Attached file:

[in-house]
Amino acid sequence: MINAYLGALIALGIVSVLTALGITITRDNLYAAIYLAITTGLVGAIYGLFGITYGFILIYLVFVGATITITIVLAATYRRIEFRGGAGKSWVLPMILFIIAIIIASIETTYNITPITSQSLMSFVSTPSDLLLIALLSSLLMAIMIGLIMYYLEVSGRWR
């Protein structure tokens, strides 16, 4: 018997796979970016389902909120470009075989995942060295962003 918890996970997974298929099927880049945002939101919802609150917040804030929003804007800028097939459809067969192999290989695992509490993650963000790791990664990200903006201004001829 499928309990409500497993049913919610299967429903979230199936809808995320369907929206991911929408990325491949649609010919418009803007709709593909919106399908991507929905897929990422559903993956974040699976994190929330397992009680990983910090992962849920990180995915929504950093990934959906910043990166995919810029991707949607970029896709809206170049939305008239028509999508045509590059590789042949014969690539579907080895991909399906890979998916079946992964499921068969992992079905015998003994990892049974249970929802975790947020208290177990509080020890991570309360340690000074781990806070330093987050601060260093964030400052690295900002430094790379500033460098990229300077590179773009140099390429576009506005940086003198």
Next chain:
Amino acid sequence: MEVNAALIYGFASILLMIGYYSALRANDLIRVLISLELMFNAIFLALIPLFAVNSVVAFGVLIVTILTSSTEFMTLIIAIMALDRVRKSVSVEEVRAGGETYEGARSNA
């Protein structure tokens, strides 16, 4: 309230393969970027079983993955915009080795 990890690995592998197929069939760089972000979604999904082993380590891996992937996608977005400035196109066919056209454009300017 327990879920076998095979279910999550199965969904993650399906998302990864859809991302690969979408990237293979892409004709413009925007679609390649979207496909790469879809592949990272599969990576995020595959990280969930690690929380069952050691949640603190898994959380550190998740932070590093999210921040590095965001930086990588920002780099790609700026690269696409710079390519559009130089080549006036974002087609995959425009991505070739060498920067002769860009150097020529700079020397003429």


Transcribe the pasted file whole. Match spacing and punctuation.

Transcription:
[in-house]
Amino acid sequence: MINAYLGALIALGIVSVLTALGITITRDNLYAAIYLAITTGLVGAIYGLFGITYGFILIYLVFVGATITITIVLAATYRRIEFRGGAGKSWVLPMILFIIAIIIASIETTYNITPITSQSLMSFVSTPSDLLLIALLSSLLMAIMIGLIMYYLEVSGRWR
């Protein structure tokens, strides 16, 4: 018997796979970016389902909120470009075989995942060295962003 918890996970997974298929099927880049945002939101919802609150917040804030929003804007800028097939459809067969192999290989695992509490993650963000790791990664990200903006201004001829 499928309990409500497993049913919610299967429903979230199936809808995320369907929206991911929408990325491949649609010919418009803007709709593909919106399908991507929905897929990422559903993956974040699976994190929330397992009680990983910090992962849920990180995915929504950093990934959906910043990166995919810029991707949607970029896709809206170049939305008239028509999508045509590059590789042949014969690539579907080895991909399906890979998916079946992964499921068969992992079905015998003994990892049974249970929802975790947020208290177990509080020890991570309360340690000074781990806070330093987050601060260093964030400052690295900002430094790379500033460098990229300077590179773009140099390429576009506005940086003198």
Next chain:
Amino acid sequence: MEVNAALIYGFASILLMIGYYSALRANDLIRVLISLELMFNAIFLALIPLFAVNSVVAFGVLIVTILTSSTEFMTLIIAIMALDRVRKSVSVEEVRAGGETYEGARSNA
């Protein structure tokens, strides 16, 4: 309230393969970027079983993955915009080795 990890690995592998197929069939760089972000979604999904082993380590891996992937996608977005400035196109066919056209454009300017 327990879920076998095979279910999550199965969904993650399906998302990864859809991302690969979408990237293979892409004709413009925007679609390649979207496909790469879809592949990272599969990576995020595959990280969930690690929380069952050691949640603190898994959380550190998740932070590093999210921040590095965001930086990588920002780099790609700026690269696409710079390519559009130089080549006036974002087609995959425009991505070739060498920067002769860009150097020529700079020397003429």